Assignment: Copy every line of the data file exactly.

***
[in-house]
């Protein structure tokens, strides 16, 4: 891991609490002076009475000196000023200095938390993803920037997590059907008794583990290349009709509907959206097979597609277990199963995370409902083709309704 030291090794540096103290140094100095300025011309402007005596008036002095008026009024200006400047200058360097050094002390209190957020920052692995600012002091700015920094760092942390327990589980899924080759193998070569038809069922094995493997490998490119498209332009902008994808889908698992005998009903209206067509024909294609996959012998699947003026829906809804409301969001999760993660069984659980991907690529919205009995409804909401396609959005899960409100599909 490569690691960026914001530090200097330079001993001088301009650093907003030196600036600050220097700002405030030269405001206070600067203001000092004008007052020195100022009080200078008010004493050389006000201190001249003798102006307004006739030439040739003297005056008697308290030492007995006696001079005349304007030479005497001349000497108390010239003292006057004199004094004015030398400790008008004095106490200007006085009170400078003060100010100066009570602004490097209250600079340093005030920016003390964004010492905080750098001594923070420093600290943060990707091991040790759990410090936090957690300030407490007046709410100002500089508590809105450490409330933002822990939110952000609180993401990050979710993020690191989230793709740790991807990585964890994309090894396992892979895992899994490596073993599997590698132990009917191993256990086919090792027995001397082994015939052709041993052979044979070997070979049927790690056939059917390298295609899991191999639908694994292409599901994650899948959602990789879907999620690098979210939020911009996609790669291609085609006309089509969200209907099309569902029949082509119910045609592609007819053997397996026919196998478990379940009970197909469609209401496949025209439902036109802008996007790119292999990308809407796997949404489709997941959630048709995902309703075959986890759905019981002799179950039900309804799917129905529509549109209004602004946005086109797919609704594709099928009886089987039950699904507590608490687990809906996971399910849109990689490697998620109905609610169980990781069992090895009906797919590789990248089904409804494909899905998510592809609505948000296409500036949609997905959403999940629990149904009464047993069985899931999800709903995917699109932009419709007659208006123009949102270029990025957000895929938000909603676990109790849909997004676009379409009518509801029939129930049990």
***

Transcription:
[in-house]
């Protein structure tokens, strides 16, 4: 891991609490002076009475000196000023200095938390993803920037997590059907008794583990290349009709509907959206097979597609277990199963995370409902083709309704 030291090794540096103290140094100095300025011309402007005596008036002095008026009024200006400047200058360097050094002390209190957020920052692995600012002091700015920094760092942390327990589980899924080759193998070569038809069922094995493997490998490119498209332009902008994808889908698992005998009903209206067509024909294609996959012998699947003026829906809804409301969001999760993660069984659980991907690529919205009995409804909401396609959005899960409100599909 490569690691960026914001530090200097330079001993001088301009650093907003030196600036600050220097700002405030030269405001206070600067203001000092004008007052020195100022009080200078008010004493050389006000201190001249003798102006307004006739030439040739003297005056008697308290030492007995006696001079005349304007030479005497001349000497108390010239003292006057004199004094004015030398400790008008004095106490200007006085009170400078003060100010100066009570602004490097209250600079340093005030920016003390964004010492905080750098001594923070420093600290943060990707091991040790759990410090936090957690300030407490007046709410100002500089508590809105450490409330933002822990939110952000609180993401990050979710993020690191989230793709740790991807990585964890994309090894396992892979895992899994490596073993599997590698132990009917191993256990086919090792027995001397082994015939052709041993052979044979070997070979049927790690056939059917390298295609899991191999639908694994292409599901994650899948959602990789879907999620690098979210939020911009996609790669291609085609006309089509969200209907099309569902029949082509119910045609592609007819053997397996026919196998478990379940009970197909469609209401496949025209439902036109802008996007790119292999990308809407796997949404489709997941959630048709995902309703075959986890759905019981002799179950039900309804799917129905529509549109209004602004946005086109797919609704594709099928009886089987039950699904507590608490687990809906996971399910849109990689490697998620109905609610169980990781069992090895009906797919590789990248089904409804494909899905998510592809609505948000296409500036949609997905959403999940629990149904009464047993069985899931999800709903995917699109932009419709007659208006123009949102270029990025957000895929938000909603676990109790849909997004676009379409009518509801029939129930049990």